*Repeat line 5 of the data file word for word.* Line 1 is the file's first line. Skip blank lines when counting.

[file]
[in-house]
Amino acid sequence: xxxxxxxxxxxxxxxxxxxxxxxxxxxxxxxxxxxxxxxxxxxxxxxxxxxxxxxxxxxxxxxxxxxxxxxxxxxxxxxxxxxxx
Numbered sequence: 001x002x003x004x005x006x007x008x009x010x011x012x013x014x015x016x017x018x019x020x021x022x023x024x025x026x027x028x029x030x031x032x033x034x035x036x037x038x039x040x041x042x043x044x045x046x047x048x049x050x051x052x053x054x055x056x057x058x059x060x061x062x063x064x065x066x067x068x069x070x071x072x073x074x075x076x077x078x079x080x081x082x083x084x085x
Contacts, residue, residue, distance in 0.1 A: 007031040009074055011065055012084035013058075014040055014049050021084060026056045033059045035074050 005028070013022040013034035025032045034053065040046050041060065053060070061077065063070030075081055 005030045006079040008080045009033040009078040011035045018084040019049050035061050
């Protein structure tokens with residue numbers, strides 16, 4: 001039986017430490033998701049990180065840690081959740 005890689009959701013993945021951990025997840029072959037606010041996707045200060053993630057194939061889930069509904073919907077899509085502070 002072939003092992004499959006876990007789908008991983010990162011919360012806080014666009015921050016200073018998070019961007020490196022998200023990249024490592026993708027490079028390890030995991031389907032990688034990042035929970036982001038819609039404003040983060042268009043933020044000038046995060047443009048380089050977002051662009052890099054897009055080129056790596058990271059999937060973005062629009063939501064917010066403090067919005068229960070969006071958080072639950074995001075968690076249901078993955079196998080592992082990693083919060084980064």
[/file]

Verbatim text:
């Protein structure tokens with residue numbers, strides 16, 4: 001039986017430490033998701049990180065840690081959740 005890689009959701013993945021951990025997840029072959037606010041996707045200060053993630057194939061889930069509904073919907077899509085502070 002072939003092992004499959006876990007789908008991983010990162011919360012806080014666009015921050016200073018998070019961007020490196022998200023990249024490592026993708027490079028390890030995991031389907032990688034990042035929970036982001038819609039404003040983060042268009043933020044000038046995060047443009048380089050977002051662009052890099054897009055080129056790596058990271059999937060973005062629009063939501064917010066403090067919005068229960070969006071958080072639950074995001075968690076249901078993955079196998080592992082990693083919060084980064």